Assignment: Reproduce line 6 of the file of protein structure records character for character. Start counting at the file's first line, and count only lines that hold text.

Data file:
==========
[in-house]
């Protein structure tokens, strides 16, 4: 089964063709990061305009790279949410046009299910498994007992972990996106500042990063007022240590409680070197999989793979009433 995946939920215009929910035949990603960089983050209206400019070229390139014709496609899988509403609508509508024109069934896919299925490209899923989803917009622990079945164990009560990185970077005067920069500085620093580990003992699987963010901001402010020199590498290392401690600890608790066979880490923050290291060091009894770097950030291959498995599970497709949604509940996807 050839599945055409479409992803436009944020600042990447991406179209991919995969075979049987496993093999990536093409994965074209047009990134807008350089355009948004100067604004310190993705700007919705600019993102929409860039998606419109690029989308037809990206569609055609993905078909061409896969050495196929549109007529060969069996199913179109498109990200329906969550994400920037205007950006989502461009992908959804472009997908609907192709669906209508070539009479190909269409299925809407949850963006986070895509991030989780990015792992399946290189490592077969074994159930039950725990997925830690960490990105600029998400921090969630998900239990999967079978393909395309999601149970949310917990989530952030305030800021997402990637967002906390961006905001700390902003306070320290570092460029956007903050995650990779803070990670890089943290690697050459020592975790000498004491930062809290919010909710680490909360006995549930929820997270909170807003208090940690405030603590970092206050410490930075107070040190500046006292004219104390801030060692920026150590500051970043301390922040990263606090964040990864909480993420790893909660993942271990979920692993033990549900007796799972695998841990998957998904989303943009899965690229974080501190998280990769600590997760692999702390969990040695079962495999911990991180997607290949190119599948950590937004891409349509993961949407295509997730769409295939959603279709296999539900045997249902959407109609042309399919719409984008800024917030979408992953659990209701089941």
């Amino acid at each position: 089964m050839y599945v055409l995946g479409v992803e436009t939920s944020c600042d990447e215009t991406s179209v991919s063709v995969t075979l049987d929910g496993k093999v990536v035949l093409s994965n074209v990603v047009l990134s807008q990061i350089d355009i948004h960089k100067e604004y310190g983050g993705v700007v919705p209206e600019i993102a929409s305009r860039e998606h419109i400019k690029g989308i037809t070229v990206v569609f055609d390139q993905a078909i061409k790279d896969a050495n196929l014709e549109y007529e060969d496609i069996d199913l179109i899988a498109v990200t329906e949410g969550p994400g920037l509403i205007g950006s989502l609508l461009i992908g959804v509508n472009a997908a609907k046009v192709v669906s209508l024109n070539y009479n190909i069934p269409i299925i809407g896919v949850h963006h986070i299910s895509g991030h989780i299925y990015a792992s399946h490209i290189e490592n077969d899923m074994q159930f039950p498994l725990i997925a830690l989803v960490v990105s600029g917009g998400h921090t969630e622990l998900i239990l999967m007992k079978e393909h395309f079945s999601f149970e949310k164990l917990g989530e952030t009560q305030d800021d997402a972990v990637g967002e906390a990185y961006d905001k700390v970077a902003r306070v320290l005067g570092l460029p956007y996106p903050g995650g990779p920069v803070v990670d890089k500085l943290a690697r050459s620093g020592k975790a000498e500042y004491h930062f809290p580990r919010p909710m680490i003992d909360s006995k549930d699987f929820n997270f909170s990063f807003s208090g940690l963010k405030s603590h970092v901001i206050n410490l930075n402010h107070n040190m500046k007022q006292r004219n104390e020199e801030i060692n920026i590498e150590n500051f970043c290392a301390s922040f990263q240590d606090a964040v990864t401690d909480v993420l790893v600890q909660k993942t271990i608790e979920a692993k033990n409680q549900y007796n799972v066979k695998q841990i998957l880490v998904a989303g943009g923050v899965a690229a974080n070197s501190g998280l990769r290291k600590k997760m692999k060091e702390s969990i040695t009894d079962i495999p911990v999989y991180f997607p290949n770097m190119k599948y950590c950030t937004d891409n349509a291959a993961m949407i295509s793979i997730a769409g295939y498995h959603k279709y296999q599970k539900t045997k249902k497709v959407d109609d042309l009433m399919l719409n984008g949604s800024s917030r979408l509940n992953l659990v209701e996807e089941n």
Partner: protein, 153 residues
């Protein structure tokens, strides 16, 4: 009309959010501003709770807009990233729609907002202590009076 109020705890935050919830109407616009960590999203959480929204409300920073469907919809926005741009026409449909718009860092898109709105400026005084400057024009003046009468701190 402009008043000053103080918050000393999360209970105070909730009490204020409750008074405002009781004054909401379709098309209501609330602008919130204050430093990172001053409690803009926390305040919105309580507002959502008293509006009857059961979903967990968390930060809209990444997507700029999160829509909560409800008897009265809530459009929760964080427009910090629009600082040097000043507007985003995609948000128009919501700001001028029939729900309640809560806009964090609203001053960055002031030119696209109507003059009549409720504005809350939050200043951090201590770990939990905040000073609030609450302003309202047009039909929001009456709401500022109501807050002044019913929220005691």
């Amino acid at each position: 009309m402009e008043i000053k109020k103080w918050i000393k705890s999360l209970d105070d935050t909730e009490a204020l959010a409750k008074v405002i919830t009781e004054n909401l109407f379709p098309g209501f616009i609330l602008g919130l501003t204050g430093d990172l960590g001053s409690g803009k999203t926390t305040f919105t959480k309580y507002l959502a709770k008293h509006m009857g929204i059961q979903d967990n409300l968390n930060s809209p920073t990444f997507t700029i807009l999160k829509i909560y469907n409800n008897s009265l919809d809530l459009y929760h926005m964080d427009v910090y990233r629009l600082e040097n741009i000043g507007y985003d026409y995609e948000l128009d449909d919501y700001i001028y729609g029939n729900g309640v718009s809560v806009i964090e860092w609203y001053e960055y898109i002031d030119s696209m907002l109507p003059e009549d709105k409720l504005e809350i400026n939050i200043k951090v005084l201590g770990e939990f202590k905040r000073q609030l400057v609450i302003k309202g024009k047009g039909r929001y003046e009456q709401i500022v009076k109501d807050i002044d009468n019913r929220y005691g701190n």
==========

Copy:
């Amino acid at each position: 009309m402009e008043i000053k109020k103080w918050i000393k705890s999360l209970d105070d935050t909730e009490a204020l959010a409750k008074v405002i919830t009781e004054n909401l109407f379709p098309g209501f616009i609330l602008g919130l501003t204050g430093d990172l960590g001053s409690g803009k999203t926390t305040f919105t959480k309580y507002l959502a709770k008293h509006m009857g929204i059961q979903d967990n409300l968390n930060s809209p920073t990444f997507t700029i807009l999160k829509i909560y469907n409800n008897s009265l919809d809530l459009y929760h926005m964080d427009v910090y990233r629009l600082e040097n741009i000043g507007y985003d026409y995609e948000l128009d449909d919501y700001i001028y729609g029939n729900g309640v718009s809560v806009i964090e860092w609203y001053e960055y898109i002031d030119s696209m907002l109507p003059e009549d709105k409720l504005e809350i400026n939050i200043k951090v005084l201590g770990e939990f202590k905040r000073q609030l400057v609450i302003k309202g024009k047009g039909r929001y003046e009456q709401i500022v009076k109501d807050i002044d009468n019913r929220y005691g701190n």